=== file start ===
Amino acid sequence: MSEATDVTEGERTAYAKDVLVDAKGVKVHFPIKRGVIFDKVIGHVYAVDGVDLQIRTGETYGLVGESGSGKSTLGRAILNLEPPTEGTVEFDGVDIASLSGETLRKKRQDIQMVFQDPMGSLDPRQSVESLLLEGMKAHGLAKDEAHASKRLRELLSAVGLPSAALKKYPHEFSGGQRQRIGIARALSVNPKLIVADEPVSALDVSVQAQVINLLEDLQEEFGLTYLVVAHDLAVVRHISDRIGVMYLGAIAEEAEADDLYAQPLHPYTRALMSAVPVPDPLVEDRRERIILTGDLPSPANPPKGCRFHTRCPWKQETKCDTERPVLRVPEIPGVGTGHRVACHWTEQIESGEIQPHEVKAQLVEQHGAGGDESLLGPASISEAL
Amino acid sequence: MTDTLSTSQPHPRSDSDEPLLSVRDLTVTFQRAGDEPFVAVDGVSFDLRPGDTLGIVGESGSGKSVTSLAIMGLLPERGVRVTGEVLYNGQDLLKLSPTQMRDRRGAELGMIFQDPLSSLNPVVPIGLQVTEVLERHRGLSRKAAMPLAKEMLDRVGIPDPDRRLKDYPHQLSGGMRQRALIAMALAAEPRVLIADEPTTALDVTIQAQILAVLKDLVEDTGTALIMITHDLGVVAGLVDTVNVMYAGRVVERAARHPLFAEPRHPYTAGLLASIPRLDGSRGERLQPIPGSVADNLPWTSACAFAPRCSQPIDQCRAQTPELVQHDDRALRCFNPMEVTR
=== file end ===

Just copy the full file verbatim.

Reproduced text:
Amino acid sequence: MSEATDVTEGERTAYAKDVLVDAKGVKVHFPIKRGVIFDKVIGHVYAVDGVDLQIRTGETYGLVGESGSGKSTLGRAILNLEPPTEGTVEFDGVDIASLSGETLRKKRQDIQMVFQDPMGSLDPRQSVESLLLEGMKAHGLAKDEAHASKRLRELLSAVGLPSAALKKYPHEFSGGQRQRIGIARALSVNPKLIVADEPVSALDVSVQAQVINLLEDLQEEFGLTYLVVAHDLAVVRHISDRIGVMYLGAIAEEAEADDLYAQPLHPYTRALMSAVPVPDPLVEDRRERIILTGDLPSPANPPKGCRFHTRCPWKQETKCDTERPVLRVPEIPGVGTGHRVACHWTEQIESGEIQPHEVKAQLVEQHGAGGDESLLGPASISEAL
Amino acid sequence: MTDTLSTSQPHPRSDSDEPLLSVRDLTVTFQRAGDEPFVAVDGVSFDLRPGDTLGIVGESGSGKSVTSLAIMGLLPERGVRVTGEVLYNGQDLLKLSPTQMRDRRGAELGMIFQDPLSSLNPVVPIGLQVTEVLERHRGLSRKAAMPLAKEMLDRVGIPDPDRRLKDYPHQLSGGMRQRALIAMALAAEPRVLIADEPTTALDVTIQAQILAVLKDLVEDTGTALIMITHDLGVVAGLVDTVNVMYAGRVVERAARHPLFAEPRHPYTAGLLASIPRLDGSRGERLQPIPGSVADNLPWTSACAFAPRCSQPIDQCRAQTPELVQHDDRALRCFNPMEVTR